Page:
Dalton is pretty sure Whitworth was the first Bengal to reach out to him when he was drafted in 2011. There was no fooling around. Whitworth introduced himself, congratulated him, and then commanded, "I look forward to meeting you at my foundation event next week. The quarterback always comes to it and you're the quarterback. See you then."

"Ever since he's been a guy that took me under his wing," Dalton said. "He shows a lot of the young guys how to be a pro. Not just football, but off the field, too."

And it will help to have him on his blindside Sunday. Dalton is playing his 91st game Sunday and Whitworth has been there for all but two of them.

"He's one of the best tackles in the league," Dalton said, "and he's doing it at 35."

And he'll have to do it against the one guy out there who is actually older than him.

HILL EMBRACES: No one else wants to breathe it, never mind mention it. But, God love him, Jeremy Hill talks about it as he heads into Sunday's game.

Yes, site and team of the most famous gaffe in Bengals' history. Hill's fumble with 1:23 left and the Bengals leading the Steelers in last year's AFC Wild Card Game, 16-15. A total of 83 seconds away from ending the post-season drought. But as every Cincinnati school kid knows, the Steelers got the ball, renewed life, and victory.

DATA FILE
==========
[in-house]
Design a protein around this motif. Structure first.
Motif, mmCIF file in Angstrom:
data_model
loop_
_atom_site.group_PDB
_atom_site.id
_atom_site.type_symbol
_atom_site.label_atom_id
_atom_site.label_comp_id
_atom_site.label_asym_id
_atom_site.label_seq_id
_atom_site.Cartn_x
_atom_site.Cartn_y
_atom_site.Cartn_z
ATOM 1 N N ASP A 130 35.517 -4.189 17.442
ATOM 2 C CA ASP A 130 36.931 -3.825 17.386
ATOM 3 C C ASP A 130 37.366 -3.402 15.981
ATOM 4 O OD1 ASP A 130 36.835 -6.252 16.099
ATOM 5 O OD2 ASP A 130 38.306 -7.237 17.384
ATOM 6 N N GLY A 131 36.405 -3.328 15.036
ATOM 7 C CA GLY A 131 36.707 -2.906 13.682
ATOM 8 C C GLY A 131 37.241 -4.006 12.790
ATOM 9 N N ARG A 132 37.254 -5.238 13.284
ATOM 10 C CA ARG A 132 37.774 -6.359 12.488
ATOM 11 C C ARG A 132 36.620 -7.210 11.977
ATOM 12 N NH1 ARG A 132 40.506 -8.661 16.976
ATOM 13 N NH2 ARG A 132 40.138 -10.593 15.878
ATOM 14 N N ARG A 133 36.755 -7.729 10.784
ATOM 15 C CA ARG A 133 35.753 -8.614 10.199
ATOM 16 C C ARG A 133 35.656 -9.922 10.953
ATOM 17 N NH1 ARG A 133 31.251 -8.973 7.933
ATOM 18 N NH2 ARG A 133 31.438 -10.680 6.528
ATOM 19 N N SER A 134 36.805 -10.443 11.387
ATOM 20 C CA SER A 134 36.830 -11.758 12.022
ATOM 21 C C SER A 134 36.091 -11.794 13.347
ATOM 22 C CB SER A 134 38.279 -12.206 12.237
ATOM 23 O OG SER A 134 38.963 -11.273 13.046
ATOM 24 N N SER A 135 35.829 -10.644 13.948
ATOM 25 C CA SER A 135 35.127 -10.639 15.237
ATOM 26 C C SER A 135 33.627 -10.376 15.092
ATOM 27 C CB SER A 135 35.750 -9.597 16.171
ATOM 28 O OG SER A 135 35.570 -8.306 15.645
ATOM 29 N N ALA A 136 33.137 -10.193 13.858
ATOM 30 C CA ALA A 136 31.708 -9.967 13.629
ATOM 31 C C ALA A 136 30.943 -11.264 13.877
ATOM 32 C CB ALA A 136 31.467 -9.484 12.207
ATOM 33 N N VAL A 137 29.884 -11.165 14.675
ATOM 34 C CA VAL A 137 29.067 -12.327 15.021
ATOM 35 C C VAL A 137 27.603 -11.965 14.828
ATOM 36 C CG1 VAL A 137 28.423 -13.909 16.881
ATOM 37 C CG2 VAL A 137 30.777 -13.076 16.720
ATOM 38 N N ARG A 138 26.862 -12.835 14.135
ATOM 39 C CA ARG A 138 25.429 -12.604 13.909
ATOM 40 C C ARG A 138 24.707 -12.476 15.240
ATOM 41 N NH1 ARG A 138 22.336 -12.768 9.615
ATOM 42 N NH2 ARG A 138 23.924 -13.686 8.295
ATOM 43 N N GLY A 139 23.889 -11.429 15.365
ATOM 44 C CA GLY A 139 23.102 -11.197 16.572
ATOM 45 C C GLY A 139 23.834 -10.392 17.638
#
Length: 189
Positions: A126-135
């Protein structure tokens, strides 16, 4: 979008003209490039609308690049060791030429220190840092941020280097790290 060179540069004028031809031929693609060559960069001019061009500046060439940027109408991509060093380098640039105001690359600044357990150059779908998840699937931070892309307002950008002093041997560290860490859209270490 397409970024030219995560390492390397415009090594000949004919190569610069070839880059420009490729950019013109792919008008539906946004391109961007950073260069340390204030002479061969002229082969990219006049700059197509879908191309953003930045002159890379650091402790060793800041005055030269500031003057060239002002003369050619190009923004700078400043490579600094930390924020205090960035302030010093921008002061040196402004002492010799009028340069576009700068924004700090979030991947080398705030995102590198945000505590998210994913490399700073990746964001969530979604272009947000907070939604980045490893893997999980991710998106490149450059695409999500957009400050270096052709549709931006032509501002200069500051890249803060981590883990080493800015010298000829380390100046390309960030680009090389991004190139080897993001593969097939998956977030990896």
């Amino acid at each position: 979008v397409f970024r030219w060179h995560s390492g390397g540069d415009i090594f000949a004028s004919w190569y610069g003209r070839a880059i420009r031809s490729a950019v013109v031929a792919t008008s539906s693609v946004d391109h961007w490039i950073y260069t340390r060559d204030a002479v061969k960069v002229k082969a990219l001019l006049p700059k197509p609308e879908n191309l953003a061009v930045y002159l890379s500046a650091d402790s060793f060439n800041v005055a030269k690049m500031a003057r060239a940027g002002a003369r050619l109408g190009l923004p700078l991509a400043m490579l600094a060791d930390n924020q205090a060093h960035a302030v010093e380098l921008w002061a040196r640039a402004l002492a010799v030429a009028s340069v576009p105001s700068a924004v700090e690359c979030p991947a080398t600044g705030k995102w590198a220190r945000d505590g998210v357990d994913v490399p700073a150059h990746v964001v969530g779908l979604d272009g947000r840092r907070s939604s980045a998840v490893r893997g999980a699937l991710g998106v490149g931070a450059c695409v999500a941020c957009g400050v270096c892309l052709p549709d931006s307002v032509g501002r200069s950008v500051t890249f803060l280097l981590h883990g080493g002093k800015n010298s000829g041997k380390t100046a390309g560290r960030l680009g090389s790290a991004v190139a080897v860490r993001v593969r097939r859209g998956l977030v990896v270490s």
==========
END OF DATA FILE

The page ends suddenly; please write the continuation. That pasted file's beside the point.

So no one else wants to talk about how Hill has not fumbled once this season. He has run the ball 195 times caught it 20 more. That's 215 touches. No fumbles. He had 249 touches as rookie and eight fumbles. He had 238 touches last season and three fumbles. He had 15 touches in The Game and one fumble.

But Hill will tell you nearly a year after Steelers linebacker Ryan Shazier stripped the ball from him that "possession is more important than yards." The knock has been he didn't go to the ground quickly enough to protect the ball and was looking for a few more extra, needless yards.

"I've playing this game since I was eight years old," Hill says. "I can't let one play describe me as a player or define my career. Hopefully I've got a ton of ball left and I just keep moving on."

Whatever the knock was that night, with the help of running backs coach Kyle Caskey, he has tamed the demon. Caskey winces when the subject is mentioned, but politely gives in.

"After what went down last year and the way things happened at the end, it's overemphasized," says Caskey, who has "ball security," written on every sheet of paper and mentions it in every meeting. "It's a little silly how over emphasized it is, but it is working."

Even during walk-throughs, players are instructed to hand the ball to assistant equipment managers Sam Staley and Tyler ("Trunk") Runk. Caskey doesn't even want them flipping the ball in the air in a casual moment. If the ball isn't being used, he wants it in the hands of Sammie and Trunk.   

"It's not supposed to touch the ground," Caskey says. "We've got all the little toys. Rope balls. Heavy balls. Even if that doesn't do much. It's in their head. That's how we carry the ball."

Hill will tell you it is all mental and not mechanical.

"If you go back and look at the play, I had two hands on it. He just pulled it out of there," Hill says. "Just locked in mentally. That's all it is. There's been more of an emphasis and it's showed a little bit."